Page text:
The differences between types of bread all come down to gluten, and whether you want to make it (or not!). When bakers combine water and flour together and knead them, a molecular-level rearrangement occurs. Prior to kneading, two main protein types present in flour, gliaden and glutanin, remain separate on a molecular level. However, upon kneading, these proteins form an intricate network called gluten. This network gives structural form to the bread. The ability for these proteins to get together and make gluten is assisted by water. On the flip side, it is hindered by oils and fats (think of how oil and water prefer to be separate). Kneading physically moves the dough around and forces proteins together to actually make the gluten network.

4 - gluten formation from gliaden and glutenin water fat kneading
Image adapted from source1, source2

A cook can simply vary the amount of water, oil, and kneading time to control what the product will look like. Making pizza? Start with a pretty large amount of water, minimal oil, and a LOT of kneading. This combination results in maximum gluten formation. To pull dough as thin as a pizza without breaking, there must be a very strong gluten network. Now consider the cookie, which is usually quite crumbly and doesn’t rise very much. This is all due to the butter! Butter is an oil and disrupts the formation of the gluten network.  In between the two, bread hits the sweet spot, having just enough gluten to be neither too brittle nor too chewy. The network is tight enough to trap the yeast’s CO2 allowing it to rise, but not so tight that it is free to expand.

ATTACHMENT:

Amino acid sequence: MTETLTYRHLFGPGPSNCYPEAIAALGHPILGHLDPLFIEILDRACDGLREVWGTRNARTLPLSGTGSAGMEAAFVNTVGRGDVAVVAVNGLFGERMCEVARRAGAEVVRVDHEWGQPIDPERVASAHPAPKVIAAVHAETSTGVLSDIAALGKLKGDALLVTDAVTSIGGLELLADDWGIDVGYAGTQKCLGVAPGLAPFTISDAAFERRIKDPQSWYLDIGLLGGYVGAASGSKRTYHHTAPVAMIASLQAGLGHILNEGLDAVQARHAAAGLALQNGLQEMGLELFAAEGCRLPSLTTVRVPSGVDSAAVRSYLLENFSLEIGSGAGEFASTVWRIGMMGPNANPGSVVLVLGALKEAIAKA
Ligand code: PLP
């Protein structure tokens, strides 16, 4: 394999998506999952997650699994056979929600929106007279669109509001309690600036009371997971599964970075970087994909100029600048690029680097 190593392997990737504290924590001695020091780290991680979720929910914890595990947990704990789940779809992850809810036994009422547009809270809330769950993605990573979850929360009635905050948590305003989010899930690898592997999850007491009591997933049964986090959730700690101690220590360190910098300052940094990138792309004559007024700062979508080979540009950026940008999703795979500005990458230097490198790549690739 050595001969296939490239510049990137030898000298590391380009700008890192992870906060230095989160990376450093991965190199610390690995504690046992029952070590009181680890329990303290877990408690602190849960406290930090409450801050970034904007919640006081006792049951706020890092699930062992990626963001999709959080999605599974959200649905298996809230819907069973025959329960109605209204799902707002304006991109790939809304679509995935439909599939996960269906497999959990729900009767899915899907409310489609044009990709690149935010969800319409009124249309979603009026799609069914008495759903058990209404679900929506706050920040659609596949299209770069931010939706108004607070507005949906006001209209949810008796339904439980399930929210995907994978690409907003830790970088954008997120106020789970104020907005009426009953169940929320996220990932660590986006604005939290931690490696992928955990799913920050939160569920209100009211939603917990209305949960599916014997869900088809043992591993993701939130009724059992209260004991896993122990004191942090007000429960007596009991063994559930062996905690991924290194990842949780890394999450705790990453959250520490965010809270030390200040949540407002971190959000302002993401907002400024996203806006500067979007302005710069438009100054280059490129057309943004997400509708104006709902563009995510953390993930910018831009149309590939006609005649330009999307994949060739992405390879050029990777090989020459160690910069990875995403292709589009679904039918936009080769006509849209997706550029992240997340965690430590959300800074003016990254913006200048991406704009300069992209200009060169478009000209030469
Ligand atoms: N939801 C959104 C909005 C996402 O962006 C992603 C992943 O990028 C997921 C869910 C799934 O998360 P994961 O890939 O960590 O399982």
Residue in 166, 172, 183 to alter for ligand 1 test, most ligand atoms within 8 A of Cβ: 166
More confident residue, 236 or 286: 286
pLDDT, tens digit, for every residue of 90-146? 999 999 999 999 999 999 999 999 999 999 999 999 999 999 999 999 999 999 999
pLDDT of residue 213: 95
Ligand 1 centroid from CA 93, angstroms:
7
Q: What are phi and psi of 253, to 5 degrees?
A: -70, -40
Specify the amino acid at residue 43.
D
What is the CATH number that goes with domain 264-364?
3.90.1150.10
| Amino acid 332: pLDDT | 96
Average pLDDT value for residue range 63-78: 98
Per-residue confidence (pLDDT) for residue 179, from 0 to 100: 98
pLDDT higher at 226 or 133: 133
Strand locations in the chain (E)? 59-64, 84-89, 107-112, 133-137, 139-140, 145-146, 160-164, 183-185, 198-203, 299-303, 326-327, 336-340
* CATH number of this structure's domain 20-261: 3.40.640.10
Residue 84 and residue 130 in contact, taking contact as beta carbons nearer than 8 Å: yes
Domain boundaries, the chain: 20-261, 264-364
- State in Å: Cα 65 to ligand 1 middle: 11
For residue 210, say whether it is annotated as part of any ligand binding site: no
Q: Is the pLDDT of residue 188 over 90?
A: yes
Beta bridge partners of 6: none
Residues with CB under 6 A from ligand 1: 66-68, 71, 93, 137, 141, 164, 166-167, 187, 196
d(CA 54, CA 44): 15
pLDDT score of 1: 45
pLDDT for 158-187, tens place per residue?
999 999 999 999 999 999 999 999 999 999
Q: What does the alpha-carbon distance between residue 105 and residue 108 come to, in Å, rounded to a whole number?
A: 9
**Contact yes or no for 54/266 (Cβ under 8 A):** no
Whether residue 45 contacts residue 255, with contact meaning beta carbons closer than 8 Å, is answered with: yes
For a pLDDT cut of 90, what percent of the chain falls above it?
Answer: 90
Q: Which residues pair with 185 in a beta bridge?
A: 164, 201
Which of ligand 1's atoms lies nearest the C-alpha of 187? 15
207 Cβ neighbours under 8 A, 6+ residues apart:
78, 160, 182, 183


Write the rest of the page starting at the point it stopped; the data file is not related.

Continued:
If your cookies or bread didn’t turn out quite right, you can start to troubleshoot knowing just these basics.

Chemical synthesis works in exactly the same way. Very recently when a reaction wasn’t working appropriately, I sat down and approached the problem just as I would have with a batch of biscuits that turned out too dense; what is the purpose of each ingredient and what did I observe? From there, I was able to decrease the amount of one ingredient and make the product I wanted. In my case, a reaction to produce titanium dioxide nanoparticles had simply stopped working as it used to. I knew that one ingredient (in this case, lab-grade ethanol) was critical in the first step of the reaction, but could potentially slow the critical final step of the reaction. I guessed that I had been adding too much ethanol and decreasing the amount would speed this second step up. And it must have, because the reaction with my modified “recipe” is working now!

The best way to get good at this type of skill is to practice! Here is a great experiment about the formation of gluten from water and flour, as a function of the type of flour used. Protein content in flour is just another subtle way to tweak the final result.

Further Reading:
On The Rise – a story on bread from the Royal Society of Chemistry